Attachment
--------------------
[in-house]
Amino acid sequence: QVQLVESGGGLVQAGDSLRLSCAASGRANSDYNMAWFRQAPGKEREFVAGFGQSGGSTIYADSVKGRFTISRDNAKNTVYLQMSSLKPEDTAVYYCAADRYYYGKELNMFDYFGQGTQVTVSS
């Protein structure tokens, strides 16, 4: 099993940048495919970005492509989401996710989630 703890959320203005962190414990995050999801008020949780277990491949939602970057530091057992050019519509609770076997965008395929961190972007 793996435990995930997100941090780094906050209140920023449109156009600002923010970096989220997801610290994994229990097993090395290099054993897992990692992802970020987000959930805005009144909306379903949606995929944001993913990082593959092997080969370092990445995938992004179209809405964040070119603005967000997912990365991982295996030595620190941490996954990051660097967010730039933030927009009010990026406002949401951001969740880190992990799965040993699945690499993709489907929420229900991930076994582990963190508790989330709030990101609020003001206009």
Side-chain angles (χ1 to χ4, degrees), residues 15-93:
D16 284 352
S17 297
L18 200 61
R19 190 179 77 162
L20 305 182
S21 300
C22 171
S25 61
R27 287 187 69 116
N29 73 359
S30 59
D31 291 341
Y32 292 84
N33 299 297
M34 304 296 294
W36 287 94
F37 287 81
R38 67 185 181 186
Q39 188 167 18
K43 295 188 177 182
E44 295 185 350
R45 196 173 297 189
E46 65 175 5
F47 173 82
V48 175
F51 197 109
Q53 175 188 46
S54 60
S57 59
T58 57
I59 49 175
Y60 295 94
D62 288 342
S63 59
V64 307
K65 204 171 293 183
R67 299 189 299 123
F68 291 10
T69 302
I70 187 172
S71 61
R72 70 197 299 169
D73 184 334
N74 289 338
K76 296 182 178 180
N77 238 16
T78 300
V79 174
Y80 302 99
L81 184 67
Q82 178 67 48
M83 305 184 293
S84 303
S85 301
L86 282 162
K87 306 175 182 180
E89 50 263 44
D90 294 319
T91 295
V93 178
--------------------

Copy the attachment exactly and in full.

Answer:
[in-house]
Amino acid sequence: QVQLVESGGGLVQAGDSLRLSCAASGRANSDYNMAWFRQAPGKEREFVAGFGQSGGSTIYADSVKGRFTISRDNAKNTVYLQMSSLKPEDTAVYYCAADRYYYGKELNMFDYFGQGTQVTVSS
């Protein structure tokens, strides 16, 4: 099993940048495919970005492509989401996710989630 703890959320203005962190414990995050999801008020949780277990491949939602970057530091057992050019519509609770076997965008395929961190972007 793996435990995930997100941090780094906050209140920023449109156009600002923010970096989220997801610290994994229990097993090395290099054993897992990692992802970020987000959930805005009144909306379903949606995929944001993913990082593959092997080969370092990445995938992004179209809405964040070119603005967000997912990365991982295996030595620190941490996954990051660097967010730039933030927009009010990026406002949401951001969740880190992990799965040993699945690499993709489907929420229900991930076994582990963190508790989330709030990101609020003001206009």
Side-chain angles (χ1 to χ4, degrees), residues 15-93:
D16 284 352
S17 297
L18 200 61
R19 190 179 77 162
L20 305 182
S21 300
C22 171
S25 61
R27 287 187 69 116
N29 73 359
S30 59
D31 291 341
Y32 292 84
N33 299 297
M34 304 296 294
W36 287 94
F37 287 81
R38 67 185 181 186
Q39 188 167 18
K43 295 188 177 182
E44 295 185 350
R45 196 173 297 189
E46 65 175 5
F47 173 82
V48 175
F51 197 109
Q53 175 188 46
S54 60
S57 59
T58 57
I59 49 175
Y60 295 94
D62 288 342
S63 59
V64 307
K65 204 171 293 183
R67 299 189 299 123
F68 291 10
T69 302
I70 187 172
S71 61
R72 70 197 299 169
D73 184 334
N74 289 338
K76 296 182 178 180
N77 238 16
T78 300
V79 174
Y80 302 99
L81 184 67
Q82 178 67 48
M83 305 184 293
S84 303
S85 301
L86 282 162
K87 306 175 182 180
E89 50 263 44
D90 294 319
T91 295
V93 178